I’ll finish this chapter of my musings with another TV illustration, one I have used in many presentations. Despite much evidence as to its theoretical impossibility, teleportation is massively popular in TV science fiction. The reason is pragmatic and obvious: it is very cheap. All you need to do is make the screen shimmer a bit, fade people out and hey-presto Kirk and Spock are on the planet. The geek-approved correct approach involves modelled shuttlecraft, stop motion filming and considerable time and expense – but doesn’t add to the story at all. You see the same in vampire slaying by Buffy and her friends, a shimmery screen and a pile of dust. Cheap and quick and letting you get on with what matters in the story. Good enough is actually the best solution here.

Are we seeing any of this in Service management today?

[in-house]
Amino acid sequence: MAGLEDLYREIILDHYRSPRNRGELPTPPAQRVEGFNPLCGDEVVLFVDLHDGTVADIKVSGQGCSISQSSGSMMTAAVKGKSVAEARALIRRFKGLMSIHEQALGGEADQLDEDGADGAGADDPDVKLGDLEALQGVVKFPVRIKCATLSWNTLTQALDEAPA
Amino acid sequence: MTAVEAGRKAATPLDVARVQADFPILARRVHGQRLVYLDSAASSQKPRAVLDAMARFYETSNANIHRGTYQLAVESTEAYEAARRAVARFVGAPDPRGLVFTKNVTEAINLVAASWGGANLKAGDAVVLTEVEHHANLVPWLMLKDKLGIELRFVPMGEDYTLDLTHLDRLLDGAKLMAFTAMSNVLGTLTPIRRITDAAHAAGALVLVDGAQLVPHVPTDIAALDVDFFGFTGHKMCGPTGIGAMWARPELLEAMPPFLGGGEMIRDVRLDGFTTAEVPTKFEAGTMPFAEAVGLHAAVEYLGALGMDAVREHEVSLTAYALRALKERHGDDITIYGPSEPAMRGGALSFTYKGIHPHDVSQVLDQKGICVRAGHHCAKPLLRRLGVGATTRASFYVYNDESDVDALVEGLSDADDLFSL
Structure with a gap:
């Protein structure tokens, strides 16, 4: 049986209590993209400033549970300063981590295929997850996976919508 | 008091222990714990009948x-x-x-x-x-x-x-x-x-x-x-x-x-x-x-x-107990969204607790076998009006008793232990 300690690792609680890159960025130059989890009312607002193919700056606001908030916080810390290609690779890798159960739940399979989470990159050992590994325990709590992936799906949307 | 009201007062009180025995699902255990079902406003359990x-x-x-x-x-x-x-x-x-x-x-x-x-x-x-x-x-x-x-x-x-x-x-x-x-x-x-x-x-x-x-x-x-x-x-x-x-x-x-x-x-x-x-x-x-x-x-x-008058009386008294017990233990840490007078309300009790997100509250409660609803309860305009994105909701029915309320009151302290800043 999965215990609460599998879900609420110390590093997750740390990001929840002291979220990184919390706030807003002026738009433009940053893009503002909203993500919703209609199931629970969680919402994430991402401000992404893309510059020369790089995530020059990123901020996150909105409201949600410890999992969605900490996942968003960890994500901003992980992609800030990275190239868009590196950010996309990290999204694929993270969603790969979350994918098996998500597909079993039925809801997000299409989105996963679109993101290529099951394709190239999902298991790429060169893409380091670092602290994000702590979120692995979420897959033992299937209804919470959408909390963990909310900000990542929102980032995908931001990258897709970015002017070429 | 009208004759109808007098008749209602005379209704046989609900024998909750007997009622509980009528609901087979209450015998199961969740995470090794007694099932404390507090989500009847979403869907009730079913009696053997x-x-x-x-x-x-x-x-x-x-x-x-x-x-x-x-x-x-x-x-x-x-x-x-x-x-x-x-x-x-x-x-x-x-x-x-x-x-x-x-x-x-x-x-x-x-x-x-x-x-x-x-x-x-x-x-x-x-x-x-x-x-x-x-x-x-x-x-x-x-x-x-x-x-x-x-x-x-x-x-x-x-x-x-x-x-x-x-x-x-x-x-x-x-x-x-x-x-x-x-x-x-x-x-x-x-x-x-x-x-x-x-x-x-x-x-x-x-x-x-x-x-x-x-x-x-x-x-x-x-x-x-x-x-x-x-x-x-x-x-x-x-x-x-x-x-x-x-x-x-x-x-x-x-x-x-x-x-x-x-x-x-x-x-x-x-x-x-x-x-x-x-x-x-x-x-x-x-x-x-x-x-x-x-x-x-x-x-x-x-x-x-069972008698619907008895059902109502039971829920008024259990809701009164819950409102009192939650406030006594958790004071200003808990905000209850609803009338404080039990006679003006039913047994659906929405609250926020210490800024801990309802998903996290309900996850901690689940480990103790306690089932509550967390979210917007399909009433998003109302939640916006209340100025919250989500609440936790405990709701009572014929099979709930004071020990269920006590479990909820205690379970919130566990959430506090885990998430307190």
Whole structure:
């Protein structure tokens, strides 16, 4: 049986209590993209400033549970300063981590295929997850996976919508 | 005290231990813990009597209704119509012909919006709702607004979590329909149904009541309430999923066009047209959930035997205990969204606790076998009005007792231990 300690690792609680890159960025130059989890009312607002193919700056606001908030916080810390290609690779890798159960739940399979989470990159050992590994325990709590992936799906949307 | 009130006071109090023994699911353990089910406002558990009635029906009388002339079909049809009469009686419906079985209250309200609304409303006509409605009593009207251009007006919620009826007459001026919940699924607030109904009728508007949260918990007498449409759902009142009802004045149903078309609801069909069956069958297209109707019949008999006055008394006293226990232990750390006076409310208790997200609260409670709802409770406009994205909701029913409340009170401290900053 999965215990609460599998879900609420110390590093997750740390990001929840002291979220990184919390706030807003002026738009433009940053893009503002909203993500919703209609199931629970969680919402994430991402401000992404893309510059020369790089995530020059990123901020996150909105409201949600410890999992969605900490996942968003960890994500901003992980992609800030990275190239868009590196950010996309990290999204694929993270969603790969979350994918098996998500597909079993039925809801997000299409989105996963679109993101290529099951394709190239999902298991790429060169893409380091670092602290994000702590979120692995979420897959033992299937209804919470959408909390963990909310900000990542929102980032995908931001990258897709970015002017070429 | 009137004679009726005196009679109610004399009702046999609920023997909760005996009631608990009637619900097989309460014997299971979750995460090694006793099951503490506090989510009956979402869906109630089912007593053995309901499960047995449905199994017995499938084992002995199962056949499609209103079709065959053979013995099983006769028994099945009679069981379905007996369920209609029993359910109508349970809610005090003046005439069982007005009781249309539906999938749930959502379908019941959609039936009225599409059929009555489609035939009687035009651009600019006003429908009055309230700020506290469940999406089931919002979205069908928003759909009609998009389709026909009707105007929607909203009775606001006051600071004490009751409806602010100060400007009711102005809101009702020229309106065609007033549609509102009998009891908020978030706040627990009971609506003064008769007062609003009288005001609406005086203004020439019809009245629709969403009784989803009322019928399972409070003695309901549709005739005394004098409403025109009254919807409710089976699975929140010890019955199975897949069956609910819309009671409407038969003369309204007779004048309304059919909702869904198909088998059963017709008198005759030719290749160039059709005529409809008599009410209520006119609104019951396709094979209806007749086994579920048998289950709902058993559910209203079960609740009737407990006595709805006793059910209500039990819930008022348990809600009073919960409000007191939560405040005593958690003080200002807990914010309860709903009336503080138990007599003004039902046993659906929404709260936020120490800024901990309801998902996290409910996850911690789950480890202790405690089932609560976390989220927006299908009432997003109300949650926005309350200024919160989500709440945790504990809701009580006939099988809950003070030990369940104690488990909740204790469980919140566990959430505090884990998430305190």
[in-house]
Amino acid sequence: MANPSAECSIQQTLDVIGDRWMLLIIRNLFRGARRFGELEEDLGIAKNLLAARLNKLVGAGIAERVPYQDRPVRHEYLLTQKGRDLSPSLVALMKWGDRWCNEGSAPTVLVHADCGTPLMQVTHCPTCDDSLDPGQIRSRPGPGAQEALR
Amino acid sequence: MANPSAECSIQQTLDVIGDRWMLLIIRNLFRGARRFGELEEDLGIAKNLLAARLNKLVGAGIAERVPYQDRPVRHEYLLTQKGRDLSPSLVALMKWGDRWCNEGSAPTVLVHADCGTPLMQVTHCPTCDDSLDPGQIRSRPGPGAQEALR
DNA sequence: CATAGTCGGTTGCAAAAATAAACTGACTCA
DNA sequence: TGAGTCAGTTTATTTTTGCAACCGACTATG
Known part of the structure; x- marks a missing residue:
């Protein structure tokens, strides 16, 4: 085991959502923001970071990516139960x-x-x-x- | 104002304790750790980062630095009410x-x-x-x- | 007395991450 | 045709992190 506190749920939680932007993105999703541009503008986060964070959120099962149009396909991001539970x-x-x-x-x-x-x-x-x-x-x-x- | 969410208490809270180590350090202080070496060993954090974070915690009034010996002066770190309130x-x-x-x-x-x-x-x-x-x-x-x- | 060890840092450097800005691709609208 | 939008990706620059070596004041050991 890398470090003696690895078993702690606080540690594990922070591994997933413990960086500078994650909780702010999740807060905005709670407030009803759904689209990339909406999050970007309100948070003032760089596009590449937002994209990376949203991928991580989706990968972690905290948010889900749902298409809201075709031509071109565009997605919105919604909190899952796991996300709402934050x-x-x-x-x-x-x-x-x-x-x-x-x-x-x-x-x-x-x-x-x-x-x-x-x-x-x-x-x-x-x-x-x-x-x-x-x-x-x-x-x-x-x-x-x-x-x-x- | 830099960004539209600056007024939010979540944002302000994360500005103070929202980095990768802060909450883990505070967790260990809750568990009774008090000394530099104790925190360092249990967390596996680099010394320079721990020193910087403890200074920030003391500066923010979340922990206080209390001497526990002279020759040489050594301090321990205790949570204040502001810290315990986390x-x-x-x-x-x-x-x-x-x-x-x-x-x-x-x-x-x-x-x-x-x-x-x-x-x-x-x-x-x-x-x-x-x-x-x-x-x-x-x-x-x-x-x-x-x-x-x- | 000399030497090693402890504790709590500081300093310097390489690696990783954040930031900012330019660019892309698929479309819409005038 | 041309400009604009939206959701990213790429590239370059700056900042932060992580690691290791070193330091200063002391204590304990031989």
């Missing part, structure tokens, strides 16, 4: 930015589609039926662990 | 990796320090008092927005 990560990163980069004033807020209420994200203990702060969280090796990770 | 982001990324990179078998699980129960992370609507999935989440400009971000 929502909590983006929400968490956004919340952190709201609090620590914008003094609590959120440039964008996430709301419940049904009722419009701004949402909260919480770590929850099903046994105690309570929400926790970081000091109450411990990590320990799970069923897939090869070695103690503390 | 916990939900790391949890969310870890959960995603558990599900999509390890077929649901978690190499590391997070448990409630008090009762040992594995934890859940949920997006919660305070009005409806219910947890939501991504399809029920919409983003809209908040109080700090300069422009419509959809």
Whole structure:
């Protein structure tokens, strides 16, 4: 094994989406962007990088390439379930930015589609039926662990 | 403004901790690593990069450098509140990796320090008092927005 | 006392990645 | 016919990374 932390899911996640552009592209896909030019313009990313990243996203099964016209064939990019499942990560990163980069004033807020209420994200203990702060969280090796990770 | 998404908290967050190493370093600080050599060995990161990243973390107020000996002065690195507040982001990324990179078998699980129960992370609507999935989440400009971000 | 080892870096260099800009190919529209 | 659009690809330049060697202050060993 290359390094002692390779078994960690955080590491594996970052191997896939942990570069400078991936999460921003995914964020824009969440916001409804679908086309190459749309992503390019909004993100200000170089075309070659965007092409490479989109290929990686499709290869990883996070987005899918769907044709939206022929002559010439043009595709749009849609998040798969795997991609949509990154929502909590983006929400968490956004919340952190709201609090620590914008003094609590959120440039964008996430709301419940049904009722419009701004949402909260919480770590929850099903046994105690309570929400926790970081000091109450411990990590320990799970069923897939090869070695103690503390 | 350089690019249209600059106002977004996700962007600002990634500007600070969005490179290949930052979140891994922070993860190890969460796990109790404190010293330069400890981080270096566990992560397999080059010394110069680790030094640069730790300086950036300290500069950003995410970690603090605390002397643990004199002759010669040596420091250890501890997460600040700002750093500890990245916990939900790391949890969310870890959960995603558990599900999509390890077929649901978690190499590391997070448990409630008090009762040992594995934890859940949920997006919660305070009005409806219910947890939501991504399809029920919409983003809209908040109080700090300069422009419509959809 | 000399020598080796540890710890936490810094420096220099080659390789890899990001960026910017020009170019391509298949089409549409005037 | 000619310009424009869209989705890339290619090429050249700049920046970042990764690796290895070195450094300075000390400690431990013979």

Actually, I think we are seeing aspects of this. Some of this attitude is reflected in the attraction of things ‘lite’ – and that is now a sought after addition to frameworks like ITIL and software. An approach that is broad but simplified and delivers real, but limited, benefits is often exactly what’s needed to get started. Like us just starting out in TV, you need to get something done and some value delivered quickly. It also gives you a foundation to build on. Some of my student friends went on to deliver programmes much nearer perfection in careers in broadcast television. Many starting with ‘ITIL lite’ or a cut down version of software go on to use much more and graduate to more sophistication.

The challenge then is establishing – and maintaining – knowledge of what really is good enough. Getting that right is still a rare and special thing; but it is not a new idea. Rather it as old as the folk tales of kings in peasant clothing finding surprising truths about their kingdom by actually talking to their subjects.

Once you – or that king – gets back and starts though, you might be surprised how quickly you need to go and find out again.